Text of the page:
The generi c partially ordered set P needs no commentary. IV. Freely generated homogeneous directed graphs. These are the graphs which are generic subject to a constraint of the form:
H embeds no X from l
of a gi ven type.
In (9) 3; is
here Xis a class of defi cient graphs (I
n+l
)
and in (10)
X =J
is a class
of tournaments. These are all the homogeneous graphs known to me, and I conjecture that in fact:
only countably many are missing.
(Just as in the im
primitive case the semi generic graph appears unexpectedly, others could easily turn up.)
§2.
Proofs of homogeneity. For the homogeneity of Q* see [2] or [8].
analyzed along similar lines:
Q* and 5(3)
can
be
the astronomical description shows that
the automorphism group is transitive. so we need only check that the expansion of the structure by a single parameter x is homogeneous, and up to a permutation of 2types (and the removal of the element x) this expansion is just Q partitioned into 2 or 3 dense subsets, respectively. In the case of 5(3). identifying 1.... ,
+
with 0.1,2 respectively. and
letting Q = {y: tp(xy) = i}, we assign to y i (i  j) + tp(yz).
EO
Qi'
Z
EO
41. the type J
The homogeneity of wreath products of homogeneous structures in disjoint languages has been noted previously by Lachlan, if not earlier, and the existence of amalgamation classes corresponding to examples 810 is
G.L. Cherlin
74
both straightforward and well known.
It remains to discuss examples 46.
Recall as a matter of notation that T· and T = T.
=
r; U T; with
T~ = {ail U T
i
It is quite easy to see that the structure imposed on
i
T U T by {al' a is homogeneous if (and only if) T is. as it conl 2} 2 sists of two copies of T with a definable isomorphism. As {a} = a 1. 2
1
is transitive when T '1 Q* is homogeneous.
it suffices to see that T·
The following condition is sufficient for this. though not necessary: (*)
For x
€
Y. z
X:
+
T there is an isomorphism a: y
az iff ay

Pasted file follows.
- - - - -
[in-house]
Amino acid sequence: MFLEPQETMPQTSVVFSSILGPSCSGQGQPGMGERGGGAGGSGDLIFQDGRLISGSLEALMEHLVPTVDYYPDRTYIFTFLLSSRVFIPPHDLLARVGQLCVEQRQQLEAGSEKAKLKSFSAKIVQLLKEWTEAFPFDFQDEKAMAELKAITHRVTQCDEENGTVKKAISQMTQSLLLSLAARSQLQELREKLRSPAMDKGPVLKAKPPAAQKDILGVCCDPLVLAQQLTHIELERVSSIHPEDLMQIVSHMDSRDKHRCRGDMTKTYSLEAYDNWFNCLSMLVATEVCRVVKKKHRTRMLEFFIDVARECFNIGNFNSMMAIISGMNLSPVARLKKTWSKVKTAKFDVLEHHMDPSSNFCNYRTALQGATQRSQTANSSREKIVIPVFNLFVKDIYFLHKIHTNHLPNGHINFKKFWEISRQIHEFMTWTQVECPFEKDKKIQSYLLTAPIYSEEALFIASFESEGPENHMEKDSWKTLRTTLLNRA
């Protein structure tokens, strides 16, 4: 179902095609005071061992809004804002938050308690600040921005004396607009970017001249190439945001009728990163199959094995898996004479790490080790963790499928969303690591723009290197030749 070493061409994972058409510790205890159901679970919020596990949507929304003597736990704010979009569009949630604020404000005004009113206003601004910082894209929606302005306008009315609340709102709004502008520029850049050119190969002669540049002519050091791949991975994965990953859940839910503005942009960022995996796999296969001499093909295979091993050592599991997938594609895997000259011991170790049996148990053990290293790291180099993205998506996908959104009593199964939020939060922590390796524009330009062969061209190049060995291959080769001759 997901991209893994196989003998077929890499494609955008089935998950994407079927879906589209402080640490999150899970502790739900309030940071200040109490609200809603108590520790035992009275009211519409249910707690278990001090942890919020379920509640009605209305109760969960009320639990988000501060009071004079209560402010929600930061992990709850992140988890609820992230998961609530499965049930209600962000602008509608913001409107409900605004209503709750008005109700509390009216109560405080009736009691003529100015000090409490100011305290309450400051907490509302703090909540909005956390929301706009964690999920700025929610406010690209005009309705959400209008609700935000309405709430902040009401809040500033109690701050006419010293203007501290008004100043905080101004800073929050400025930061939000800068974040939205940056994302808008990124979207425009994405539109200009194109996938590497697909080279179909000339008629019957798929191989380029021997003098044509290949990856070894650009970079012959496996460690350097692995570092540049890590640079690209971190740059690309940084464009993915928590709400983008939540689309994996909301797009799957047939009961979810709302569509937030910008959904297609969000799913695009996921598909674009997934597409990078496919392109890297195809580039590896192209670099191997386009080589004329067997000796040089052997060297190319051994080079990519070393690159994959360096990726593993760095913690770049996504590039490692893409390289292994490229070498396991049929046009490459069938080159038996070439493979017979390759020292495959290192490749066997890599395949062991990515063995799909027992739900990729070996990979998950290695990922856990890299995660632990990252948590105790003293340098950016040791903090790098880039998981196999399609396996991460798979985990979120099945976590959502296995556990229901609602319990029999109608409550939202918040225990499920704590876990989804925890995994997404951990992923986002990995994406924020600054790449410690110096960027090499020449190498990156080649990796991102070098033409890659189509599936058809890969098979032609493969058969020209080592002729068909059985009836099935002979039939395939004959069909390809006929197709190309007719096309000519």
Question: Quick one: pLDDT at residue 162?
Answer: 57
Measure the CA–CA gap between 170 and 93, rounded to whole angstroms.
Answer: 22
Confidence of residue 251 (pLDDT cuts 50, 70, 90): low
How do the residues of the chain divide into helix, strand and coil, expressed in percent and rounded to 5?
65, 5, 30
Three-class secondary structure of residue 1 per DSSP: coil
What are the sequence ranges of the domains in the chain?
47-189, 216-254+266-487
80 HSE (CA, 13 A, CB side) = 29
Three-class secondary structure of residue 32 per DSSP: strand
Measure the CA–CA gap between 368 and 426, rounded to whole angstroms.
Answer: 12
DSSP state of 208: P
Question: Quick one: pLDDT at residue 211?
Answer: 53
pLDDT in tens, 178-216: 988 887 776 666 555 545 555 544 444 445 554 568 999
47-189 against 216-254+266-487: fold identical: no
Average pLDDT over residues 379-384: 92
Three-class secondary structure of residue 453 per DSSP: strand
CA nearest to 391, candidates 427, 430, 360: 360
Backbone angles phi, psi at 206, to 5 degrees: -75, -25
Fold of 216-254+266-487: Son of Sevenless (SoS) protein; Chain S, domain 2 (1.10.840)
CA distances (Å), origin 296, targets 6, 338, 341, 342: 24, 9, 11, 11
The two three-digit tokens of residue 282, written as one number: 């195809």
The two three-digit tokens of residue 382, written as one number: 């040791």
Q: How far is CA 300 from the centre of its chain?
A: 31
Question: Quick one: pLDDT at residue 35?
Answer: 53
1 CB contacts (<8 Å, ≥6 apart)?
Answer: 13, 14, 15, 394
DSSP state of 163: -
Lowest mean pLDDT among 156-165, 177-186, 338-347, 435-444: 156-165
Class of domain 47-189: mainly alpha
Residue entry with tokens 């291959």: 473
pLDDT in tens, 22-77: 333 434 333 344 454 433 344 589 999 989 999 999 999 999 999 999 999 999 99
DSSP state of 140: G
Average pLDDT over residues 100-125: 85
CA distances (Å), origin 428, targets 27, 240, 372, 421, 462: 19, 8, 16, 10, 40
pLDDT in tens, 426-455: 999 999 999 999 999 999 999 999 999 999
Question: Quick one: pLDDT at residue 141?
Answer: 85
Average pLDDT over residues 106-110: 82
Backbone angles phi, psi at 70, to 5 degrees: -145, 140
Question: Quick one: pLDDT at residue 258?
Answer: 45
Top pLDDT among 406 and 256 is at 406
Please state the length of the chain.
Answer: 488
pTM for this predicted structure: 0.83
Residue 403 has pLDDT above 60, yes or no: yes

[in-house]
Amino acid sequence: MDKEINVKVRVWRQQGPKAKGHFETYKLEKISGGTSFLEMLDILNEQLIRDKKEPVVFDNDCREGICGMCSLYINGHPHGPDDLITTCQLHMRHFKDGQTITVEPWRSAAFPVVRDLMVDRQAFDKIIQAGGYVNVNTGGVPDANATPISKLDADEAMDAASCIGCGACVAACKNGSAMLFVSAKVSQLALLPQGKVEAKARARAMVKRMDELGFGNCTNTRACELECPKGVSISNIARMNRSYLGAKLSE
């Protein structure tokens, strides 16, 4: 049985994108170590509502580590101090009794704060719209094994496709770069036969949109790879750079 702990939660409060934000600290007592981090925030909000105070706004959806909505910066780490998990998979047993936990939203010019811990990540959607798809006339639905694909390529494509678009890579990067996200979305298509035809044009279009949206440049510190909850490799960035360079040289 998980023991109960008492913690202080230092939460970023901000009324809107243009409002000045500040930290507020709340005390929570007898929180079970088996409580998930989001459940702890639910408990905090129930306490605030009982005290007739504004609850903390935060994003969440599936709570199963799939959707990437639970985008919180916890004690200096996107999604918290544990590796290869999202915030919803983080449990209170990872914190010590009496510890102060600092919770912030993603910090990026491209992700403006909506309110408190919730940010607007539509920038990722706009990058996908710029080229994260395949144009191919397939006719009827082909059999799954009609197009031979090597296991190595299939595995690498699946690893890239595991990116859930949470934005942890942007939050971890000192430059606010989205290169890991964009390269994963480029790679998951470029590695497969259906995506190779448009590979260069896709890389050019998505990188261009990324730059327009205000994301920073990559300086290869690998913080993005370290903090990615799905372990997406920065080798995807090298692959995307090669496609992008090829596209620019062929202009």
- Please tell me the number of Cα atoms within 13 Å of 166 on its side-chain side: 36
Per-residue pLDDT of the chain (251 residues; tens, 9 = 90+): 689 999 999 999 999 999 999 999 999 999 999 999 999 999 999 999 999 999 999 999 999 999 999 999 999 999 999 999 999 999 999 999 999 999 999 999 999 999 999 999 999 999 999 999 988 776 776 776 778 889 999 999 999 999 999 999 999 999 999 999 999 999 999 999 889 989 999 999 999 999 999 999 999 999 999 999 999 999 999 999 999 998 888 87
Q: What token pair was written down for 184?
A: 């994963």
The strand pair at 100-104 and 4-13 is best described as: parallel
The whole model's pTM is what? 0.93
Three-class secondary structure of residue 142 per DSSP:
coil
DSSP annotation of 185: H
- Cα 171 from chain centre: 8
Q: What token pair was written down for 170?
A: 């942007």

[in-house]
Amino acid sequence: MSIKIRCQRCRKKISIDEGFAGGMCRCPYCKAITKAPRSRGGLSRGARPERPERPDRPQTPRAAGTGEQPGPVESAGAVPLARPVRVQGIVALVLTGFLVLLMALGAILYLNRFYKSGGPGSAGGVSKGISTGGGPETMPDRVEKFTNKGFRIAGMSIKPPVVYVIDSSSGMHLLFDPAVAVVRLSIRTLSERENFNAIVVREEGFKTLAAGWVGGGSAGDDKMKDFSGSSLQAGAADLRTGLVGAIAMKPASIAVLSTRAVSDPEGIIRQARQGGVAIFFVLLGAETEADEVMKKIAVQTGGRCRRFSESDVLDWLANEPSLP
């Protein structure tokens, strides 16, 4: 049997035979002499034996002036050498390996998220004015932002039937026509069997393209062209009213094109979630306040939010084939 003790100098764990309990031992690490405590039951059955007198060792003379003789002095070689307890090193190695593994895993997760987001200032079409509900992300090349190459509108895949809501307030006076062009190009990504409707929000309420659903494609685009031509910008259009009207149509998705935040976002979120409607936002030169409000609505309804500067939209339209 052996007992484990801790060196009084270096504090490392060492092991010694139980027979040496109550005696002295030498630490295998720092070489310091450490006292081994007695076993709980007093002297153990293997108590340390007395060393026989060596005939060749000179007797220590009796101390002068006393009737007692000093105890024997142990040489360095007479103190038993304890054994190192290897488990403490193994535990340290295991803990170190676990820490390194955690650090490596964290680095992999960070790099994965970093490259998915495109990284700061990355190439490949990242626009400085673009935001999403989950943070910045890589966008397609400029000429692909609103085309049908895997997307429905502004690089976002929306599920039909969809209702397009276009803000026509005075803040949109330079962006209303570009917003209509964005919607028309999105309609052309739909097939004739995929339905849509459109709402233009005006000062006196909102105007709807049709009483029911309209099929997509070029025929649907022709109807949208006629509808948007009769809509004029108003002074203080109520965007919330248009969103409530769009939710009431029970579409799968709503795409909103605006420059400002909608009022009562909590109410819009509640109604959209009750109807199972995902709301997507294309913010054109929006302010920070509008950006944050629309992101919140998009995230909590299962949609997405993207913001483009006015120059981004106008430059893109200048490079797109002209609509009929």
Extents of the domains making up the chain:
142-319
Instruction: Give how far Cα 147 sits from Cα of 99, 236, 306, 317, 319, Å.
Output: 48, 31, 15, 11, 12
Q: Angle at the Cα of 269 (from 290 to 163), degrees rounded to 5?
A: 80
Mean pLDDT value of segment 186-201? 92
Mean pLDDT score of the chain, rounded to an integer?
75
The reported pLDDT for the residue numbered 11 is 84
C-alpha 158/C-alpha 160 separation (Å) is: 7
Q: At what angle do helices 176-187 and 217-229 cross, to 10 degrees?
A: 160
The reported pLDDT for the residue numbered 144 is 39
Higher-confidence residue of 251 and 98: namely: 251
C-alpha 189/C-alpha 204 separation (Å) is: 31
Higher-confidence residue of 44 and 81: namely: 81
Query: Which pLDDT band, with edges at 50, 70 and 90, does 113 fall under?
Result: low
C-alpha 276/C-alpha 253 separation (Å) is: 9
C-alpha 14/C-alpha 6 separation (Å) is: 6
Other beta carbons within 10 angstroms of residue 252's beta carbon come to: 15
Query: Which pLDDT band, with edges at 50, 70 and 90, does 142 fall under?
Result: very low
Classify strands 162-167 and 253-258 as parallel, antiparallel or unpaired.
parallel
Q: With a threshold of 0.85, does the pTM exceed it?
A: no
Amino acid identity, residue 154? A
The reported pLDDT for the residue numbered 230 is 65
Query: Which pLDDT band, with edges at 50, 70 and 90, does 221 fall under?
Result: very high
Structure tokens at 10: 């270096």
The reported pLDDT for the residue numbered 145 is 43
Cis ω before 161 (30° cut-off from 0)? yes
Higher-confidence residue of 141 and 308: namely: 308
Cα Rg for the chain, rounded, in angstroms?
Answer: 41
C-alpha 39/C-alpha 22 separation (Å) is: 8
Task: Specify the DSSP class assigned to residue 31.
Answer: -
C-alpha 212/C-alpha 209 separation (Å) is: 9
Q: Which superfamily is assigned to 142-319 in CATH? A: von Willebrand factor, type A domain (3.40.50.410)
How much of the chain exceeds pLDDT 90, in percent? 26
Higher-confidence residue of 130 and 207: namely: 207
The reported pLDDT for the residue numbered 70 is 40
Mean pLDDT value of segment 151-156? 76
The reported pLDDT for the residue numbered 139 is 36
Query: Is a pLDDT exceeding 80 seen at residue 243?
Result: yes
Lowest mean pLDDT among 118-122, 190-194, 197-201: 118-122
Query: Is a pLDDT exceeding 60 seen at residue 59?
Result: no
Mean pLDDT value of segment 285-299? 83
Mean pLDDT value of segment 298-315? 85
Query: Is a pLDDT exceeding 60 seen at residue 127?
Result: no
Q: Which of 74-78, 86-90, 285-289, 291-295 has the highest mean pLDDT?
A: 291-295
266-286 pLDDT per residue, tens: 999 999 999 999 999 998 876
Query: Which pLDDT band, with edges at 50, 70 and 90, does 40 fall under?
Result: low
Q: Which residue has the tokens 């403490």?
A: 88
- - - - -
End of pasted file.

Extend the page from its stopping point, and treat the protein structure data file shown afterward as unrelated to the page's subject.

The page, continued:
+
,
,
X+ X
such that for
z.
+
This condition evidently holds for
II. C3. and Q; for
T = roo and
X € T the desired a comes from a backandforth construction. To check the transitivity of T· observe first that there is a canonical involution
i
E
Aut T· defined by
to find maps ~
E
Aut T· which take al
corresponds to
x
E
X 1 i(x). so it suffices
to any Xl
€
Tl.
If Xl
T then let a be as in (*) and define (ai)
(Xi) = a3i' while for (Yi)
= a(y)i
(Zi)
= a(z)3i
y
+
x
+
xi.
z:
;
(*) expresses the condition that this is an automorphism of T·.
To see that (*) is not a necessary condition for transitivity. notice that if 7./2n7. is made into a directed graph by taking "(y  x)
€
{l ••..• nl} (mod 2n)". then 1/2n1
is the transi ti ve tournament of order It will be useful later to know that
x
+
y to mean
= L(nl)·. where L(nl)
n  1. Q*.
is not homogeneous. and for
this we check the failure of transitivity directly.
On the one hand
Q* by the construction. while on the other hand. for
75
The Imprimitive Homogeneous Directed Graphs
is linearly ordered, by inspection.
X' 
1
n * reo
115.
We must check that the class of finite directed graphs satisfying:
=
(1)
the union of
and I
is an equivalence relation;
(2)
this relation has at most n classes;
is an amalgamation class.
It suffices to describe how to complete an
amalgamation of
with
type of
a a 1 2 We can take
H U {a} 1 suitably. a
1
+
a
2
H U {a} 2
over
H, by specifying the
unless there is an obstruction of one of the
following forms: (1.1)
a
(2.0
H has n  1 Iclasses, and there is no b e: H with a
1
I
b I
a
2
b e: H;
b I a
1
or
2
We can take (1.2)
a ,
i
a I a 1
2
leI a , {i,j} j
unless there is an obstruction of the form:
= {1,2}.
There cannot be both sorts of obstruction, so the amalgamation succeeds. 116.
The semi generic Iimprimitive case. We claim that the constraint (1) above can be combined with the con
straint: (3)
IA X A () EI 1 2
is even for
A, A 1 2
two
requtva lerrt pairs (where
E is the set of edges) to give an amalgamation class of finite directed graphs.
With the notation of the previous example, we must again specify
the type of
a a . 1 2 We take a + a unless there is either an obstruction of the form 1 2 (1.1), or this choice yields:
76
G.L. Cherlin
} (\ EI is odd. If (1.1) occurs a 1 b E H and I {al,b x {a 2,b2 l l l} x An EI is then we take \ 1 a and we have to check that 1{a 1,a 2} 2 even for any 1equivalent pair A in H; this follows since (3.1)
I {a 1.• b)
x
An EI
is even for
i
1,2.
If case (1.1) does not apply but (3.1) does, then we take a
2
+
constraint (1) is still satisfied, and moreover (3.1) is now false. must still be checked is that for
I {a
1
, c } x {a , c }
1
{a .b }
2
x
2
n EI
a. 1 c 1
i
E
a
1
and
What
H, that always
is even; for this it suffices to consider
{a ,b }, {a ,b }
x
{a .c },
11221122